With history, naturally!

Nationalpark Hunsruck-Hochwald

The Middle Ages

Disputed borders

As so often is the case, it was a crisis which forced people at the end of the Roman Age to withdraw from Hochwald. It wasn’t just the decline of the Roman Empire, but also an intensification of climate and soil erosion caused by intensive agriculture which played a role in this. After the 5th century AD, the Hunsrück highlands were therefore sparsely inhabited.


It wasn’t until the High Middle Ages that humans began to systematically occupy the landscape once more. This era significantly shaped the present landscape. Over the course of the 11th and 12th centuries, the climate become more favourable again. Back then, average annual temperatures were about 1 degree higher than they are today. It was possible for people to farm here, even at higher altitudes, and completely without any modern developments such as  fertiliser. The landscape also changed significantly due to the vigourous development of forest pastures. Without the protection afforded by vegetation, the soil increasingly fell victim to erosion. Human influence on the forest reached its peak during the High Middle Ages. The marketplaces, villages and towns which came into existence during this period form the heart of our present settlement structure in the region. Hochwald owes its wealth of castle fortresses, from Wildenburg in the east to Grimburg in the west, to its position on the borders of territories belonging to various noble houses.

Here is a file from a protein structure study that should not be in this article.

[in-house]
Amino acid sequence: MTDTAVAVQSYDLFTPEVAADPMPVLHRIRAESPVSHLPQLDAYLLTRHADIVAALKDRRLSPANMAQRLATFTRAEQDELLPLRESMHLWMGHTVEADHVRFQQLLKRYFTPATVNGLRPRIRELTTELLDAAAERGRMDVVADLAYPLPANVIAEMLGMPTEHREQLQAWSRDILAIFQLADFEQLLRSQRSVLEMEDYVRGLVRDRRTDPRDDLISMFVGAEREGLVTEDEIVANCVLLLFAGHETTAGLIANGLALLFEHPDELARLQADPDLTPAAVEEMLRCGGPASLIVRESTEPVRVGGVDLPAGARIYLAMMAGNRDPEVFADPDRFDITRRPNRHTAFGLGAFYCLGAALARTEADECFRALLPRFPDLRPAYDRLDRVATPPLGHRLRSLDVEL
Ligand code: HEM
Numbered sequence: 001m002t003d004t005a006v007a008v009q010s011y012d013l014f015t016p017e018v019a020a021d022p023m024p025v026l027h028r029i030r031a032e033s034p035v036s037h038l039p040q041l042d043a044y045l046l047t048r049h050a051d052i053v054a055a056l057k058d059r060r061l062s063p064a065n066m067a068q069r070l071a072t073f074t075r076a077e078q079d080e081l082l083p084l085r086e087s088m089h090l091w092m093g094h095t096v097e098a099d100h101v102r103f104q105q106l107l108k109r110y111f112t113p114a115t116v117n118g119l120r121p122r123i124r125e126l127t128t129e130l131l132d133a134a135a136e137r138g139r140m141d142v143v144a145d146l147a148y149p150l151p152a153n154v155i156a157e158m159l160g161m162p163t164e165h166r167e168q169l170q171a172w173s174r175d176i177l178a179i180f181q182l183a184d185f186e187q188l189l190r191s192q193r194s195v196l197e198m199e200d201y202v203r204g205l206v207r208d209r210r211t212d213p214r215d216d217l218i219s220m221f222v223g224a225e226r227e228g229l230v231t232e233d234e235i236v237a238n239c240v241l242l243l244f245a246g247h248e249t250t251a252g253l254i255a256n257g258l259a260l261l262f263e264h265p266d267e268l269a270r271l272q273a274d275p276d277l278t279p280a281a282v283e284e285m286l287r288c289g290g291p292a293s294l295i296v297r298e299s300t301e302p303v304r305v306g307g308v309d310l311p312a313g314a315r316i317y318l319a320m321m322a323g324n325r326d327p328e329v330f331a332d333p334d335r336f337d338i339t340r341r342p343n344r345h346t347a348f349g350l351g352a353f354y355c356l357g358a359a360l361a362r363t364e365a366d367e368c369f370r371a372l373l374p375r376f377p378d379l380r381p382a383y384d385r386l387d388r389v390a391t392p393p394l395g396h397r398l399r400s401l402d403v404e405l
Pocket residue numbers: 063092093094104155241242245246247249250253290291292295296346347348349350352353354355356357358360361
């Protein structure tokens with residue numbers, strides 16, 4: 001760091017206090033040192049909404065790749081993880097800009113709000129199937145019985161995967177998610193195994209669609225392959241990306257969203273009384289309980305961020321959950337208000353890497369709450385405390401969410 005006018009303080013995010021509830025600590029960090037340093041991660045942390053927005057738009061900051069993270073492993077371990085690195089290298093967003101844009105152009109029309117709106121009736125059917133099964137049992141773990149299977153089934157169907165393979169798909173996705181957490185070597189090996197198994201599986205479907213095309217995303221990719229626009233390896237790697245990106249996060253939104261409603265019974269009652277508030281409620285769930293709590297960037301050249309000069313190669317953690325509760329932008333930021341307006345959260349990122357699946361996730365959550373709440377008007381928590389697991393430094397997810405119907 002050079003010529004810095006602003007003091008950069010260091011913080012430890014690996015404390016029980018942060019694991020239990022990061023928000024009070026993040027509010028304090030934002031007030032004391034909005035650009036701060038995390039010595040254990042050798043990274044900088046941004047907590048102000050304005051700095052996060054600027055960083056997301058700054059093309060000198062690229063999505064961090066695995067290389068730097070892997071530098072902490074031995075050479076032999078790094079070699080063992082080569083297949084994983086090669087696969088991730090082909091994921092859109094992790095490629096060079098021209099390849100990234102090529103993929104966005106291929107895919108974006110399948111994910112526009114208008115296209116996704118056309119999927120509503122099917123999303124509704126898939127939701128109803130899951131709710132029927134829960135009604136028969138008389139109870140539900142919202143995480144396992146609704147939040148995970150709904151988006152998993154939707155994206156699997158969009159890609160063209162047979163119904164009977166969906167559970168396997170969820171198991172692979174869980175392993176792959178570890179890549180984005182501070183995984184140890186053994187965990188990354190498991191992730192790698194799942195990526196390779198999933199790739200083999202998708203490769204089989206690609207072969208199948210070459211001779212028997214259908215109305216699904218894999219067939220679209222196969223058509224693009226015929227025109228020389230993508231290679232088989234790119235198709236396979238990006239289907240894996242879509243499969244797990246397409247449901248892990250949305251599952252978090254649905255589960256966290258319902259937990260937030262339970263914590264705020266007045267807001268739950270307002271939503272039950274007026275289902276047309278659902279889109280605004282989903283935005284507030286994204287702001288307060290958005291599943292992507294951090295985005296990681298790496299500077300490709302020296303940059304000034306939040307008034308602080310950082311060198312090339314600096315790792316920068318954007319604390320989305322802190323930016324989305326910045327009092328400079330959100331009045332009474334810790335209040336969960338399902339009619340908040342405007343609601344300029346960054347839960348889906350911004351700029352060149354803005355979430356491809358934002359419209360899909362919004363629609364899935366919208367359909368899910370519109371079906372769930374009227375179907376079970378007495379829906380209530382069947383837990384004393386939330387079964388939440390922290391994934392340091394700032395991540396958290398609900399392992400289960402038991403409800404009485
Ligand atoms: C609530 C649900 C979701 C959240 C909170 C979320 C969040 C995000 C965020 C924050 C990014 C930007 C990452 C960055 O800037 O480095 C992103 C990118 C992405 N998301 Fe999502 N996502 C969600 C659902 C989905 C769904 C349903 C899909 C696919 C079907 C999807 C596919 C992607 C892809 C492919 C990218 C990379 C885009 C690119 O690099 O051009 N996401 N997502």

Although the climate went through a rather favourable phase during the Middle Ages, because of the “Little Ice Age” this came to a sudden halt, and the outbreak of the plague decimated the population. Despite this, civilization had finally established itself in Hochwald. Some of the castle fortresses from the 11th to 14th centuries have been replaced by representative castles. Birkenfeld, for example, has been the residence of descendants of the Wittelsbachs since the late 16th century.